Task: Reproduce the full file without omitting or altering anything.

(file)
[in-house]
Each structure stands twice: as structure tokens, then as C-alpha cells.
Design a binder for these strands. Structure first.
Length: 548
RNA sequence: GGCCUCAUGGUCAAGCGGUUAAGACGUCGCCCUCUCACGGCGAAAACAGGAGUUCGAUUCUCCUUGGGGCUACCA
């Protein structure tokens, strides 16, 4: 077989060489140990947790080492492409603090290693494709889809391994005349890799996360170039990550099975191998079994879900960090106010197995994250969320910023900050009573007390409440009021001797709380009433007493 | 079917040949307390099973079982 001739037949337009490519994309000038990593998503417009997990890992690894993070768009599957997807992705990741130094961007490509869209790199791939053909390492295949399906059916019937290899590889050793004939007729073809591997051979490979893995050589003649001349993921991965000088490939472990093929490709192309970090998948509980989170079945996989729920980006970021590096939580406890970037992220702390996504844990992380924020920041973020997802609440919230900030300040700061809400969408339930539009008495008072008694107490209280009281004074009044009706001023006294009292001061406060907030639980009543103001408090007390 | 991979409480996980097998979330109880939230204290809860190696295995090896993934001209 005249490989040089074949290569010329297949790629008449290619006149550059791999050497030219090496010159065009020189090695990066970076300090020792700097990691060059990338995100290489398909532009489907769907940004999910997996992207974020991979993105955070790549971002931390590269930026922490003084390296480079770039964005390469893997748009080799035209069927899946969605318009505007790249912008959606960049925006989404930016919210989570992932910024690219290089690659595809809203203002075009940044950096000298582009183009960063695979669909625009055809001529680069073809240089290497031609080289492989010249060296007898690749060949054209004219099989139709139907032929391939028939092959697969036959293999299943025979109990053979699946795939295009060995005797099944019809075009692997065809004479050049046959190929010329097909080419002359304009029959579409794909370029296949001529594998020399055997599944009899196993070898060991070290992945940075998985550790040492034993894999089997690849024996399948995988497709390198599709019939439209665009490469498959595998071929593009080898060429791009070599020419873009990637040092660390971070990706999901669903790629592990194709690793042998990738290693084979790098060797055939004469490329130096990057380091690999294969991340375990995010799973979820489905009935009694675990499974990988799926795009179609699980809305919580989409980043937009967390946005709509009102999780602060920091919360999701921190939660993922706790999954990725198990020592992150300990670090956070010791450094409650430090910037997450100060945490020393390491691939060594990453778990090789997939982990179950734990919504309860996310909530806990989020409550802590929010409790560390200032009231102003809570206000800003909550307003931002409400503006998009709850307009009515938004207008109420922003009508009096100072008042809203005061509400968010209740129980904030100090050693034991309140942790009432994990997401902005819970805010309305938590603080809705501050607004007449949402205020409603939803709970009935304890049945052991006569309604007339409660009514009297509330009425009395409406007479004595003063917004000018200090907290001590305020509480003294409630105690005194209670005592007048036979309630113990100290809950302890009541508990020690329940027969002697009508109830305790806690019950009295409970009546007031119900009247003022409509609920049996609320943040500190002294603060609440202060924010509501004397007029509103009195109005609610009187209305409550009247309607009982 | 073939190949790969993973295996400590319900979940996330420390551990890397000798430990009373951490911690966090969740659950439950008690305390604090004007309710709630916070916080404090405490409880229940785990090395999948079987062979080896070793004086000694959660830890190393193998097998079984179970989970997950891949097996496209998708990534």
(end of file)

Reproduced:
[in-house]
Each structure stands twice: as structure tokens, then as C-alpha cells.
Design a binder for these strands. Structure first.
Length: 548
RNA sequence: GGCCUCAUGGUCAAGCGGUUAAGACGUCGCCCUCUCACGGCGAAAACAGGAGUUCGAUUCUCCUUGGGGCUACCA
């Protein structure tokens, strides 16, 4: 077989060489140990947790080492492409603090290693494709889809391994005349890799996360170039990550099975191998079994879900960090106010197995994250969320910023900050009573007390409440009021001797709380009433007493 | 079917040949307390099973079982 001739037949337009490519994309000038990593998503417009997990890992690894993070768009599957997807992705990741130094961007490509869209790199791939053909390492295949399906059916019937290899590889050793004939007729073809591997051979490979893995050589003649001349993921991965000088490939472990093929490709192309970090998948509980989170079945996989729920980006970021590096939580406890970037992220702390996504844990992380924020920041973020997802609440919230900030300040700061809400969408339930539009008495008072008694107490209280009281004074009044009706001023006294009292001061406060907030639980009543103001408090007390 | 991979409480996980097998979330109880939230204290809860190696295995090896993934001209 005249490989040089074949290569010329297949790629008449290619006149550059791999050497030219090496010159065009020189090695990066970076300090020792700097990691060059990338995100290489398909532009489907769907940004999910997996992207974020991979993105955070790549971002931390590269930026922490003084390296480079770039964005390469893997748009080799035209069927899946969605318009505007790249912008959606960049925006989404930016919210989570992932910024690219290089690659595809809203203002075009940044950096000298582009183009960063695979669909625009055809001529680069073809240089290497031609080289492989010249060296007898690749060949054209004219099989139709139907032929391939028939092959697969036959293999299943025979109990053979699946795939295009060995005797099944019809075009692997065809004479050049046959190929010329097909080419002359304009029959579409794909370029296949001529594998020399055997599944009899196993070898060991070290992945940075998985550790040492034993894999089997690849024996399948995988497709390198599709019939439209665009490469498959595998071929593009080898060429791009070599020419873009990637040092660390971070990706999901669903790629592990194709690793042998990738290693084979790098060797055939004469490329130096990057380091690999294969991340375990995010799973979820489905009935009694675990499974990988799926795009179609699980809305919580989409980043937009967390946005709509009102999780602060920091919360999701921190939660993922706790999954990725198990020592992150300990670090956070010791450094409650430090910037997450100060945490020393390491691939060594990453778990090789997939982990179950734990919504309860996310909530806990989020409550802590929010409790560390200032009231102003809570206000800003909550307003931002409400503006998009709850307009009515938004207008109420922003009508009096100072008042809203005061509400968010209740129980904030100090050693034991309140942790009432994990997401902005819970805010309305938590603080809705501050607004007449949402205020409603939803709970009935304890049945052991006569309604007339409660009514009297509330009425009395409406007479004595003063917004000018200090907290001590305020509480003294409630105690005194209670005592007048036979309630113990100290809950302890009541508990020690329940027969002697009508109830305790806690019950009295409970009546007031119900009247003022409509609920049996609320943040500190002294603060609440202060924010509501004397007029509103009195109005609610009187209305409550009247309607009982 | 073939190949790969993973295996400590319900979940996330420390551990890397000798430990009373951490911690966090969740659950439950008690305390604090004007309710709630916070916080404090405490409880229940785990090395999948079987062979080896070793004086000694959660830890190393193998097998079984179970989970997950891949097996496209998708990534």